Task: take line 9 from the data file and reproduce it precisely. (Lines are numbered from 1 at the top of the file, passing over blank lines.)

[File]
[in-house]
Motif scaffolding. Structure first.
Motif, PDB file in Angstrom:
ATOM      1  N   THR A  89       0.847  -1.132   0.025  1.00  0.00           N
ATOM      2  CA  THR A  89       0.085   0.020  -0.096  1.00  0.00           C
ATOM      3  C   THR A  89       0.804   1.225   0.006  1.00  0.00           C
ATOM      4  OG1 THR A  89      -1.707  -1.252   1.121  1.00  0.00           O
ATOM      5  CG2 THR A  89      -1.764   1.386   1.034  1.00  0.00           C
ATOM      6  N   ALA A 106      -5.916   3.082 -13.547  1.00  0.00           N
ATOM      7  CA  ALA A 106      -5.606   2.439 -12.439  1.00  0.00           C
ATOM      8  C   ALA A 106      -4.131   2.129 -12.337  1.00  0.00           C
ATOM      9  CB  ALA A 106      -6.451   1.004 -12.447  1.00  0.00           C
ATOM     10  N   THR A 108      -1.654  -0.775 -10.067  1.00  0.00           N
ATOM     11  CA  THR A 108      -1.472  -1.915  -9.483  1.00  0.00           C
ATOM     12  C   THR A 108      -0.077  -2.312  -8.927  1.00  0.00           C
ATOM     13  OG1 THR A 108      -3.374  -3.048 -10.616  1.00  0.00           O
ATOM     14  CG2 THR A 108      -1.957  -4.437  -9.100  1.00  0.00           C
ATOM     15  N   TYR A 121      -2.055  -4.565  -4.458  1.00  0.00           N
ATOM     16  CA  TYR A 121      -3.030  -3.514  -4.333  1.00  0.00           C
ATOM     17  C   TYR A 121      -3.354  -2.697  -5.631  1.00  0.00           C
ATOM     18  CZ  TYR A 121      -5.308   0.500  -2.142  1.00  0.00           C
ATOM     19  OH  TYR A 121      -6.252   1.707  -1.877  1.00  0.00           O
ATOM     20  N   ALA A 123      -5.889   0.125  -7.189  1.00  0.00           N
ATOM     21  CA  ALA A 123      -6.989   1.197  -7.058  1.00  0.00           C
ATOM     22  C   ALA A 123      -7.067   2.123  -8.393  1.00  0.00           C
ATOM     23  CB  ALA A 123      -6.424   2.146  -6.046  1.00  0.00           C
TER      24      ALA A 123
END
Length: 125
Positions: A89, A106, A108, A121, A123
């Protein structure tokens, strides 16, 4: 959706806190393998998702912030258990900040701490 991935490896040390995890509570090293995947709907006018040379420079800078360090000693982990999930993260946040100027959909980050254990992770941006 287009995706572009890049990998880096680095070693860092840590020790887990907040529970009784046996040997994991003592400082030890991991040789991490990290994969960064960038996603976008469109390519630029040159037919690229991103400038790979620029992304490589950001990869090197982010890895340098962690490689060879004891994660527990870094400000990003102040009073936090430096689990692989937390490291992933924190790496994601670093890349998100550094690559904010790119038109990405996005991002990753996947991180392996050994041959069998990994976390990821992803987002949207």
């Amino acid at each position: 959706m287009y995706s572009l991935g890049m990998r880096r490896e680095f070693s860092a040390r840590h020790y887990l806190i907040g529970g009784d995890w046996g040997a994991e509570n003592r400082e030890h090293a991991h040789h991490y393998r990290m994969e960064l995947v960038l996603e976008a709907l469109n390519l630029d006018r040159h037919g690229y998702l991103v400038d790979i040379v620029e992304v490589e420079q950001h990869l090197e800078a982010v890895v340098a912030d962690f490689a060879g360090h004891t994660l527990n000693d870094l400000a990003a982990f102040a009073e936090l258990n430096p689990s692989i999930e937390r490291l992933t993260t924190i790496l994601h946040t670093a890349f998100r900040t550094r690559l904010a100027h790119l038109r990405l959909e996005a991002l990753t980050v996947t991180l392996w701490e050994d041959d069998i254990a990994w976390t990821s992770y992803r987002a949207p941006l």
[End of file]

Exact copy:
ATOM      6  N   ALA A 106      -5.916   3.082 -13.547  1.00  0.00           N